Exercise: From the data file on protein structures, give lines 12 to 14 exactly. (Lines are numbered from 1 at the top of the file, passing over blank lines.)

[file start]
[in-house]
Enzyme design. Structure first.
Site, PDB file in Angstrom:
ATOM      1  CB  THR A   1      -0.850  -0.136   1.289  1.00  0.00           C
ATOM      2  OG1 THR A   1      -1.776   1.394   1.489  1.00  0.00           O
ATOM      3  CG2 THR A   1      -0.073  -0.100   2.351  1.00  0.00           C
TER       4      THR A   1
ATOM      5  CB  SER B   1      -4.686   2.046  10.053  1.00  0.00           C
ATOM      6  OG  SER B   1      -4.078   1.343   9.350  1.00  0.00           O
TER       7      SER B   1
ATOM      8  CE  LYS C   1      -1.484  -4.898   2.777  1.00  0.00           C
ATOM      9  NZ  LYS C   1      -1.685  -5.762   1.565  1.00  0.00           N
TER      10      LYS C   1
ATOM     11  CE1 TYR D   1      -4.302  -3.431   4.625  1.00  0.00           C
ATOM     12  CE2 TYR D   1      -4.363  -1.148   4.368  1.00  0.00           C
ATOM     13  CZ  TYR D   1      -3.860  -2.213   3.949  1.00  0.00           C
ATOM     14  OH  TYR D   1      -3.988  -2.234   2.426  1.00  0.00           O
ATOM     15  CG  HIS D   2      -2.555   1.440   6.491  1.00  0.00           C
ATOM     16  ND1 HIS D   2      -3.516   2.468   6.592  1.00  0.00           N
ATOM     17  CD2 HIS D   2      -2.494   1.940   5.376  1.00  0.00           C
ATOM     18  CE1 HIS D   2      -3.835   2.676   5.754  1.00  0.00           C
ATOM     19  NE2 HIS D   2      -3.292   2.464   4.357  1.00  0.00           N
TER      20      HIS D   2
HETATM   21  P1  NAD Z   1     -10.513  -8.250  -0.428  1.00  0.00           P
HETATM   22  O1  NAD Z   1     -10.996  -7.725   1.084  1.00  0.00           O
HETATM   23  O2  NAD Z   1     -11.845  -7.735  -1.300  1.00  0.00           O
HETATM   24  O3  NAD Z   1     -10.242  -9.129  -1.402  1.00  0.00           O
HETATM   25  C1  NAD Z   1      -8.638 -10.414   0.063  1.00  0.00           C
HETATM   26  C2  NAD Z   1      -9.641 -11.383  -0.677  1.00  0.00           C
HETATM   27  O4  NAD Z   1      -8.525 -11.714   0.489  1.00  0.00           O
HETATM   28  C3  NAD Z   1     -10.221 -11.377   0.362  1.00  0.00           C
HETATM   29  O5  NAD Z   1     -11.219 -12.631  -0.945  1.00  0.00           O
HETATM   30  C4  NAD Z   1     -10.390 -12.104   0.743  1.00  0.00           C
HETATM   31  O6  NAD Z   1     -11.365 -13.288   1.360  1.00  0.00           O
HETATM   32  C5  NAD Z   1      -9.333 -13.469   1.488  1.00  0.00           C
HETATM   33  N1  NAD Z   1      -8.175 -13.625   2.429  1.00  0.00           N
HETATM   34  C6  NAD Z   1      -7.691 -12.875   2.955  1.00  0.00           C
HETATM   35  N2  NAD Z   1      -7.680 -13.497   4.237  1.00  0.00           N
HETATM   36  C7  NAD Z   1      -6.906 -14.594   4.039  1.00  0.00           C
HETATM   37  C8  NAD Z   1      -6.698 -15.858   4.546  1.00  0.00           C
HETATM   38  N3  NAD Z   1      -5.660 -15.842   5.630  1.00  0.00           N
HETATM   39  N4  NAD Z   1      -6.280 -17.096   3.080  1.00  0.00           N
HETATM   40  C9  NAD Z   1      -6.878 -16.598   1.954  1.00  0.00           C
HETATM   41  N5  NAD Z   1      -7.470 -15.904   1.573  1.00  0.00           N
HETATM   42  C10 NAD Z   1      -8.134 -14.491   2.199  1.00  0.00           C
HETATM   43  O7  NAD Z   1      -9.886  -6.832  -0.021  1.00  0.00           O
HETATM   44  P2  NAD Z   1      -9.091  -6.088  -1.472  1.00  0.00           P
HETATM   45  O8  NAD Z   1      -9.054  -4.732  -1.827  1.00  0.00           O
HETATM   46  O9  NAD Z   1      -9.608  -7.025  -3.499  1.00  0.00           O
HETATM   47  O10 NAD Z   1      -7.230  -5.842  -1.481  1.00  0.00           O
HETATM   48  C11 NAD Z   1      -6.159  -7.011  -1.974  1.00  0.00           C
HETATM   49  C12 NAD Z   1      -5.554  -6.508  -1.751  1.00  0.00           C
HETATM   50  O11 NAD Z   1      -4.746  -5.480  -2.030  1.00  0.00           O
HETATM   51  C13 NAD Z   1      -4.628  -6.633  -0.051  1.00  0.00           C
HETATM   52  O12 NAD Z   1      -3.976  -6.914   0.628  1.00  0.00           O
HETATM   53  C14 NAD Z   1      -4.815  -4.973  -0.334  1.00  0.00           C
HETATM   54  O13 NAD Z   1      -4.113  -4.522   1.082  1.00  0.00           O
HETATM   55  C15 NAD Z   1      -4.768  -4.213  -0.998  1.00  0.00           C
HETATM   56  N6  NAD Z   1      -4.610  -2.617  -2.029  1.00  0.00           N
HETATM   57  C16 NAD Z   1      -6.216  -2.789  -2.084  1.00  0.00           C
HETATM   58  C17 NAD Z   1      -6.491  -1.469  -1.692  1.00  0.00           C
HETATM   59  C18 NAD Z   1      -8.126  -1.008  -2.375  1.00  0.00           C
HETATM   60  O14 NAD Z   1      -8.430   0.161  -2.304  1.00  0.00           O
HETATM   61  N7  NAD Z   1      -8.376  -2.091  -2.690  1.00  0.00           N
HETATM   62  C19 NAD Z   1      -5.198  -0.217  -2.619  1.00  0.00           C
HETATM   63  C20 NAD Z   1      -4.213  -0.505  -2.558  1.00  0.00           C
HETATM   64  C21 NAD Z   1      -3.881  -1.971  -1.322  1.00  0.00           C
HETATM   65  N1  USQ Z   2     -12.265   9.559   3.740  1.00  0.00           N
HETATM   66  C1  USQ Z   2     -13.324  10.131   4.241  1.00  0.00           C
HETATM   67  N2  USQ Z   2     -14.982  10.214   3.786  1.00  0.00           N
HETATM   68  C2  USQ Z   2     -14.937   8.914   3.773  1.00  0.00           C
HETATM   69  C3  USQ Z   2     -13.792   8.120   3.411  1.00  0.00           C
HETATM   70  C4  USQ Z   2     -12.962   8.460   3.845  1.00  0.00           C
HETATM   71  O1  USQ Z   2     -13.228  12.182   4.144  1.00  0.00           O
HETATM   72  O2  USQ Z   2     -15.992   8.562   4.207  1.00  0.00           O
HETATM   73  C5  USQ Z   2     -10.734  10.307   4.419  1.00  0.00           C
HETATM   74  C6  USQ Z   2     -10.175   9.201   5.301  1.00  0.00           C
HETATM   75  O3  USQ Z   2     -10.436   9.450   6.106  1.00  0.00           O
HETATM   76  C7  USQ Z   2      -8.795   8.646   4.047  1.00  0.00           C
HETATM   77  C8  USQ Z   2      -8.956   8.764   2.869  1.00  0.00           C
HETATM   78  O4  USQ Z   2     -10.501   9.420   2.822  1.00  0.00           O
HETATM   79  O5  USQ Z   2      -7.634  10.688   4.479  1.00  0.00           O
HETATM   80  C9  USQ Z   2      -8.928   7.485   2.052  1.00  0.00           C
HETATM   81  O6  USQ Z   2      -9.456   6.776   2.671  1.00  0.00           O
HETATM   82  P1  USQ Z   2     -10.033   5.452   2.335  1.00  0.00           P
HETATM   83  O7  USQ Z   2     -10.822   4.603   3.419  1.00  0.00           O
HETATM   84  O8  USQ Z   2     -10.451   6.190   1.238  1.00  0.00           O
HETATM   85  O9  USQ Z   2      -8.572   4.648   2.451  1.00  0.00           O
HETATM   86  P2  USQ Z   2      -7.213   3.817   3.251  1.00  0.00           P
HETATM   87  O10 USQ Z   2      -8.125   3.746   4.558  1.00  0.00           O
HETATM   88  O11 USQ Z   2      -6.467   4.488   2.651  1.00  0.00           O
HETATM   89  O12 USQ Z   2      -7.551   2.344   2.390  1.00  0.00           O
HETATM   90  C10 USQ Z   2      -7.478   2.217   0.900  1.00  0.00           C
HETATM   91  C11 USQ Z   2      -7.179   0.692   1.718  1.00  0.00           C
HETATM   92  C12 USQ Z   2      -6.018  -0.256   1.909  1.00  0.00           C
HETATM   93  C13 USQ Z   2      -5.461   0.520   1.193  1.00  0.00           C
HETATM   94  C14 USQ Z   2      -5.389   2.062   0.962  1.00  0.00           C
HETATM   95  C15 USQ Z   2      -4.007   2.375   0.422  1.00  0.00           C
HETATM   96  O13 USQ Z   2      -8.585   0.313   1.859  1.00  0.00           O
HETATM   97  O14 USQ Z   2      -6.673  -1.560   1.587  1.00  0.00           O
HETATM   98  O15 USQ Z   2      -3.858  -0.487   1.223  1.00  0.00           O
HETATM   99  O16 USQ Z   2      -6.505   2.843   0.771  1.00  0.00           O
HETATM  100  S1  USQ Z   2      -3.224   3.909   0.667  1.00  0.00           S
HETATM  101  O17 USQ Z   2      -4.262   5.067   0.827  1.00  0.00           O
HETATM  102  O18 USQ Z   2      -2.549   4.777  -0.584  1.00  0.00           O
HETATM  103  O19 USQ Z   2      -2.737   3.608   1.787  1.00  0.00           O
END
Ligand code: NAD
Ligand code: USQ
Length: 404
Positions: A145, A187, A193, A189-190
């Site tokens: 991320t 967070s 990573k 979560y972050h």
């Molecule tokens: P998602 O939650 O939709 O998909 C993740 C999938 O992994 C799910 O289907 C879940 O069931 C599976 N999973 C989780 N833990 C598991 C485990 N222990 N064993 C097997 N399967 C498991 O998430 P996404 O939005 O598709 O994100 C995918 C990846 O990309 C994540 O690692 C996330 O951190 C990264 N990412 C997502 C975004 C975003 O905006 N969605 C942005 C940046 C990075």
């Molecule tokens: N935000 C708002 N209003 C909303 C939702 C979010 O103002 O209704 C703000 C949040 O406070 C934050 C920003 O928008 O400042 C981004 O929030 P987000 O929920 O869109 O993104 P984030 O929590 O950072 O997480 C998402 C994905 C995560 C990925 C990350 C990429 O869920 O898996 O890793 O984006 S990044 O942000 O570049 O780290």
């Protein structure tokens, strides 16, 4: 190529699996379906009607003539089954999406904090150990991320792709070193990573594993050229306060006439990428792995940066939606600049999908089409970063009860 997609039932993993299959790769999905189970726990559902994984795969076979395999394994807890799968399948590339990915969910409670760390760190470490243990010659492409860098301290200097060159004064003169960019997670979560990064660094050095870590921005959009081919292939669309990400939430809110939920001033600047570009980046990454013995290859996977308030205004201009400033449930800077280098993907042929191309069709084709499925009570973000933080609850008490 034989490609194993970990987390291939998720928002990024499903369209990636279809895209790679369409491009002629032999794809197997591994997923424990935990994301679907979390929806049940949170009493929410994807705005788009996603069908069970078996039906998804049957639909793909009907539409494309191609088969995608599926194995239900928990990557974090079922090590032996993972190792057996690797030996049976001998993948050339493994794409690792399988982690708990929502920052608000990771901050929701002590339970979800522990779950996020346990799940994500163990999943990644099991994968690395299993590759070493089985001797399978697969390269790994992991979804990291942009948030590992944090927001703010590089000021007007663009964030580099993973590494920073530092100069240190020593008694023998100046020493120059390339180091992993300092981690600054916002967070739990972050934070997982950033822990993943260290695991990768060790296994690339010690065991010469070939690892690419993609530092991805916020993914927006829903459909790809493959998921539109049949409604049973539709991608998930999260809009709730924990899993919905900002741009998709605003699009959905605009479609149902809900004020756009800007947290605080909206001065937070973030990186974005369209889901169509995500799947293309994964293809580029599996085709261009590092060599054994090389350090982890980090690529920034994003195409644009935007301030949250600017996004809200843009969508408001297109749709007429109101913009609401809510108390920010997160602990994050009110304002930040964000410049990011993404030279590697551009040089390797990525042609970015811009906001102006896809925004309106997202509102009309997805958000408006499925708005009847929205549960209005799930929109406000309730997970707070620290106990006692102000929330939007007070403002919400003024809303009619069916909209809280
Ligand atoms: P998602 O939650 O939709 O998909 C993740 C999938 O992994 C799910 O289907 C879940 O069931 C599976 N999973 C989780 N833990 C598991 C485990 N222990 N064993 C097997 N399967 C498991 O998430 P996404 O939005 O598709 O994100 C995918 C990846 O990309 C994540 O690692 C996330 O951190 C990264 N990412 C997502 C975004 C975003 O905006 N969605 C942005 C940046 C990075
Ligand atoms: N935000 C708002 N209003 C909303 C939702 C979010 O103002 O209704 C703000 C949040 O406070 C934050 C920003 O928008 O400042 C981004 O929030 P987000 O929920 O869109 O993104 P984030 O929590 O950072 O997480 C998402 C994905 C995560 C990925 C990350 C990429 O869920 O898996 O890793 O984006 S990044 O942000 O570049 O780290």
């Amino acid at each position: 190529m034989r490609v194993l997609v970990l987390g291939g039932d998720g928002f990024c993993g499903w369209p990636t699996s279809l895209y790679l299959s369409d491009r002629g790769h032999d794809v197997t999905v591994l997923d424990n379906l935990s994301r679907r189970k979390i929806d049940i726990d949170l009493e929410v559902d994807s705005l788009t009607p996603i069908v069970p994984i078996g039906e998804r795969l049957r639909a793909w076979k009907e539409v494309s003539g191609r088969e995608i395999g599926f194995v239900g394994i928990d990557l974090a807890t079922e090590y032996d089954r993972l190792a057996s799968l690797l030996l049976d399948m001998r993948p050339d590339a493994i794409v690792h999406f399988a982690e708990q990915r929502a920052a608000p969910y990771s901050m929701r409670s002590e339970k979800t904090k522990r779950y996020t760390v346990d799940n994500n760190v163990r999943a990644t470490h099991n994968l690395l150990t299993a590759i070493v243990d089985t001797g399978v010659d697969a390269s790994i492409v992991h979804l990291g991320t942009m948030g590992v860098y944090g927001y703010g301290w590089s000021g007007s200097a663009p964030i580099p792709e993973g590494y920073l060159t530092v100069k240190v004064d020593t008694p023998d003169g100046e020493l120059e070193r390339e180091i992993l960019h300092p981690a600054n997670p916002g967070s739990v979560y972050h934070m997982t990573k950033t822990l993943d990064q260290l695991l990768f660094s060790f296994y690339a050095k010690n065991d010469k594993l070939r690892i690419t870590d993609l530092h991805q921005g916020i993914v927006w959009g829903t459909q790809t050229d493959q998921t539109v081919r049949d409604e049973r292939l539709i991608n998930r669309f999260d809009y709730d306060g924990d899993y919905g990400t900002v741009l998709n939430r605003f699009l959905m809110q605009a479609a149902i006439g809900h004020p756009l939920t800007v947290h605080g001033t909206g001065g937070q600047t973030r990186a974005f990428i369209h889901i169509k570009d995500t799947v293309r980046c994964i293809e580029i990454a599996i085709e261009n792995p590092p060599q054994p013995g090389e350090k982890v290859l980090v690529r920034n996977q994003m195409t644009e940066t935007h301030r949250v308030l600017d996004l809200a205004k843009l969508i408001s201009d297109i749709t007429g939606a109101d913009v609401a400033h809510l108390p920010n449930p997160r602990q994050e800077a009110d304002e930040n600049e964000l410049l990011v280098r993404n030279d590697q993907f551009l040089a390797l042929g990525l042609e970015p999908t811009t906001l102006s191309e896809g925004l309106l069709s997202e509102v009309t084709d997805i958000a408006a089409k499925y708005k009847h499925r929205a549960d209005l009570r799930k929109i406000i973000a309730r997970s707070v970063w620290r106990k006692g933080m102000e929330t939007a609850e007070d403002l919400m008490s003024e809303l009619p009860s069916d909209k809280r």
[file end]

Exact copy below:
ATOM      9  NZ  LYS C   1      -1.685  -5.762   1.565  1.00  0.00           N
TER      10      LYS C   1
ATOM     11  CE1 TYR D   1      -4.302  -3.431   4.625  1.00  0.00           C